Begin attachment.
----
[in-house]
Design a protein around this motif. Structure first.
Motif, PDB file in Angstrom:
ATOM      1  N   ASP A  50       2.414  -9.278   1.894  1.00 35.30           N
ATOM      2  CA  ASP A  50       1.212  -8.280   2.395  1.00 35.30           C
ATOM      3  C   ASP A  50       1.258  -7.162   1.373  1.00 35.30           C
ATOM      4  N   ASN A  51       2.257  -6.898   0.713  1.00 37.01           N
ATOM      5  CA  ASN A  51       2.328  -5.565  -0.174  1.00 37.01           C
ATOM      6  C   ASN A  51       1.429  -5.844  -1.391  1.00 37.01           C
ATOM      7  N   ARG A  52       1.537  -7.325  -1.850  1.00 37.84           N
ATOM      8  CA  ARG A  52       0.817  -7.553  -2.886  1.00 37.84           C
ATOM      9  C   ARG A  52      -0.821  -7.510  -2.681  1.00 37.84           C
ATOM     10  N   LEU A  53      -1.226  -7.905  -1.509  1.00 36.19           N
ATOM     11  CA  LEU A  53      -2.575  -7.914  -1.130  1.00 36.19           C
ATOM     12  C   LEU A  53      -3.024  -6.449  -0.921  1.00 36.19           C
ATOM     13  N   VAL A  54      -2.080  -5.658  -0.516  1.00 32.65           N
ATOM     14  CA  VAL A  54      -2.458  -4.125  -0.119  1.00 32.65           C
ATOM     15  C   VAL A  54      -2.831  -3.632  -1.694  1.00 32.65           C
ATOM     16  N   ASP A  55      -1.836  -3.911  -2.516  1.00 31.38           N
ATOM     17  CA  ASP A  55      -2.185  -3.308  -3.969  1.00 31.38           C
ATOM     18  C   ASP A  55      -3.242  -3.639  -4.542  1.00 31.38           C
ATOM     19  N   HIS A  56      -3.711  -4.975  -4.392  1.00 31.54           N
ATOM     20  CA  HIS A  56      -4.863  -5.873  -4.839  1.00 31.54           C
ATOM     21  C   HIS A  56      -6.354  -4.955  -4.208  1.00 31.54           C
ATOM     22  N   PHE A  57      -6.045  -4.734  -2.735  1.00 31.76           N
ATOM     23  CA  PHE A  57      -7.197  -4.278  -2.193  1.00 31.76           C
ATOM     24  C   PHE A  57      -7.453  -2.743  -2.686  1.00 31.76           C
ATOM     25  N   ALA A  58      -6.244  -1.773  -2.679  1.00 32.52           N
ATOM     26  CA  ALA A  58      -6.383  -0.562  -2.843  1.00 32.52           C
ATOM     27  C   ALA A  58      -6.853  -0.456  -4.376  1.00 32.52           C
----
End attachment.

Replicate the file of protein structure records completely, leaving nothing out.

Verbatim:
[in-house]
Design a protein around this motif. Structure first.
Motif, PDB file in Angstrom:
ATOM      1  N   ASP A  50       2.414  -9.278   1.894  1.00 35.30           N
ATOM      2  CA  ASP A  50       1.212  -8.280   2.395  1.00 35.30           C
ATOM      3  C   ASP A  50       1.258  -7.162   1.373  1.00 35.30           C
ATOM      4  N   ASN A  51       2.257  -6.898   0.713  1.00 37.01           N
ATOM      5  CA  ASN A  51       2.328  -5.565  -0.174  1.00 37.01           C
ATOM      6  C   ASN A  51       1.429  -5.844  -1.391  1.00 37.01           C
ATOM      7  N   ARG A  52       1.537  -7.325  -1.850  1.00 37.84           N
ATOM      8  CA  ARG A  52       0.817  -7.553  -2.886  1.00 37.84           C
ATOM      9  C   ARG A  52      -0.821  -7.510  -2.681  1.00 37.84           C
ATOM     10  N   LEU A  53      -1.226  -7.905  -1.509  1.00 36.19           N
ATOM     11  CA  LEU A  53      -2.575  -7.914  -1.130  1.00 36.19           C
ATOM     12  C   LEU A  53      -3.024  -6.449  -0.921  1.00 36.19           C
ATOM     13  N   VAL A  54      -2.080  -5.658  -0.516  1.00 32.65           N
ATOM     14  CA  VAL A  54      -2.458  -4.125  -0.119  1.00 32.65           C
ATOM     15  C   VAL A  54      -2.831  -3.632  -1.694  1.00 32.65           C
ATOM     16  N   ASP A  55      -1.836  -3.911  -2.516  1.00 31.38           N
ATOM     17  CA  ASP A  55      -2.185  -3.308  -3.969  1.00 31.38           C
ATOM     18  C   ASP A  55      -3.242  -3.639  -4.542  1.00 31.38           C
ATOM     19  N   HIS A  56      -3.711  -4.975  -4.392  1.00 31.54           N
ATOM     20  CA  HIS A  56      -4.863  -5.873  -4.839  1.00 31.54           C
ATOM     21  C   HIS A  56      -6.354  -4.955  -4.208  1.00 31.54           C
ATOM     22  N   PHE A  57      -6.045  -4.734  -2.735  1.00 31.76           N
ATOM     23  CA  PHE A  57      -7.197  -4.278  -2.193  1.00 31.76           C
ATOM     24  C   PHE A  57      -7.453  -2.743  -2.686  1.00 31.76           C
ATOM     25  N   ALA A  58      -6.244  -1.773  -2.679  1.00 32.52           N
ATOM     26  CA  ALA A  58      -6.383  -0.562  -2.843  1.00 32.52           C
ATOM     27  C   ALA A  58      -6.853  -0.456  -4.376  1.00 32.52           C